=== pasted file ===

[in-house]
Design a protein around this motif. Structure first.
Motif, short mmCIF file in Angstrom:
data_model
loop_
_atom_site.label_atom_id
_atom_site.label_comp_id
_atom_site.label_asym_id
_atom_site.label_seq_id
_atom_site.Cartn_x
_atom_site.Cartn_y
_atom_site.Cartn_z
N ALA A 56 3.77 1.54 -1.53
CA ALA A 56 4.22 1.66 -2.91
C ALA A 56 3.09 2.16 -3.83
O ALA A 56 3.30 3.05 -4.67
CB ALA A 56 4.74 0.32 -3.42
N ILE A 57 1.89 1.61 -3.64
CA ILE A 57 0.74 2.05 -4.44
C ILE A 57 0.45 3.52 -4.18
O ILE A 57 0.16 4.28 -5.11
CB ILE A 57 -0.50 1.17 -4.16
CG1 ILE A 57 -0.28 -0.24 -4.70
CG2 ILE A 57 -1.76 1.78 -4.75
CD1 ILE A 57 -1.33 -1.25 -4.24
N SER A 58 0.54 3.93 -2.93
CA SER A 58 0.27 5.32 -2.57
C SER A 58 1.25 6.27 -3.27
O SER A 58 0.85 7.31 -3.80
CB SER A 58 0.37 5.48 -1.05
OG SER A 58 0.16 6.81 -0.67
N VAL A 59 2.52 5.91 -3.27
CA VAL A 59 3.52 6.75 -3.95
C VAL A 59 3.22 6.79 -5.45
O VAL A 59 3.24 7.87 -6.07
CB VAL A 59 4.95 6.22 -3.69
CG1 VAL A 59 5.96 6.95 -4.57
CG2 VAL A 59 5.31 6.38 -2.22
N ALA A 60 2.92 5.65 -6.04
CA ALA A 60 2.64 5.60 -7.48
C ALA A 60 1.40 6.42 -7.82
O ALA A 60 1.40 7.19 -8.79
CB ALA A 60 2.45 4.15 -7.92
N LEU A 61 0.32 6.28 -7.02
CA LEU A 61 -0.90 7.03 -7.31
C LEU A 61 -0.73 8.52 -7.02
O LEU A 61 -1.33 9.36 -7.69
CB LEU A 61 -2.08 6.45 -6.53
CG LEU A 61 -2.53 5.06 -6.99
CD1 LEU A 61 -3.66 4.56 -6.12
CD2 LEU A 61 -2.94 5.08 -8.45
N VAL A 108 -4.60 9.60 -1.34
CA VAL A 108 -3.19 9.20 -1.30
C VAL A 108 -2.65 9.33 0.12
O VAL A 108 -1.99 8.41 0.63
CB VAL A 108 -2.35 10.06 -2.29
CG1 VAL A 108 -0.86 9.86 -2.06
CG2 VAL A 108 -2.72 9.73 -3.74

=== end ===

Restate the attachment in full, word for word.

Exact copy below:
[in-house]
Design a protein around this motif. Structure first.
Motif, short mmCIF file in Angstrom:
data_model
loop_
_atom_site.label_atom_id
_atom_site.label_comp_id
_atom_site.label_asym_id
_atom_site.label_seq_id
_atom_site.Cartn_x
_atom_site.Cartn_y
_atom_site.Cartn_z
N ALA A 56 3.77 1.54 -1.53
CA ALA A 56 4.22 1.66 -2.91
C ALA A 56 3.09 2.16 -3.83
O ALA A 56 3.30 3.05 -4.67
CB ALA A 56 4.74 0.32 -3.42
N ILE A 57 1.89 1.61 -3.64
CA ILE A 57 0.74 2.05 -4.44
C ILE A 57 0.45 3.52 -4.18
O ILE A 57 0.16 4.28 -5.11
CB ILE A 57 -0.50 1.17 -4.16
CG1 ILE A 57 -0.28 -0.24 -4.70
CG2 ILE A 57 -1.76 1.78 -4.75
CD1 ILE A 57 -1.33 -1.25 -4.24
N SER A 58 0.54 3.93 -2.93
CA SER A 58 0.27 5.32 -2.57
C SER A 58 1.25 6.27 -3.27
O SER A 58 0.85 7.31 -3.80
CB SER A 58 0.37 5.48 -1.05
OG SER A 58 0.16 6.81 -0.67
N VAL A 59 2.52 5.91 -3.27
CA VAL A 59 3.52 6.75 -3.95
C VAL A 59 3.22 6.79 -5.45
O VAL A 59 3.24 7.87 -6.07
CB VAL A 59 4.95 6.22 -3.69
CG1 VAL A 59 5.96 6.95 -4.57
CG2 VAL A 59 5.31 6.38 -2.22
N ALA A 60 2.92 5.65 -6.04
CA ALA A 60 2.64 5.60 -7.48
C ALA A 60 1.40 6.42 -7.82
O ALA A 60 1.40 7.19 -8.79
CB ALA A 60 2.45 4.15 -7.92
N LEU A 61 0.32 6.28 -7.02
CA LEU A 61 -0.90 7.03 -7.31
C LEU A 61 -0.73 8.52 -7.02
O LEU A 61 -1.33 9.36 -7.69
CB LEU A 61 -2.08 6.45 -6.53
CG LEU A 61 -2.53 5.06 -6.99
CD1 LEU A 61 -3.66 4.56 -6.12
CD2 LEU A 61 -2.94 5.08 -8.45
N VAL A 108 -4.60 9.60 -1.34
CA VAL A 108 -3.19 9.20 -1.30
C VAL A 108 -2.65 9.33 0.12
O VAL A 108 -1.99 8.41 0.63
CB VAL A 108 -2.35 10.06 -2.29
CG1 VAL A 108 -0.86 9.86 -2.06
CG2 VAL A 108 -2.72 9.73 -3.74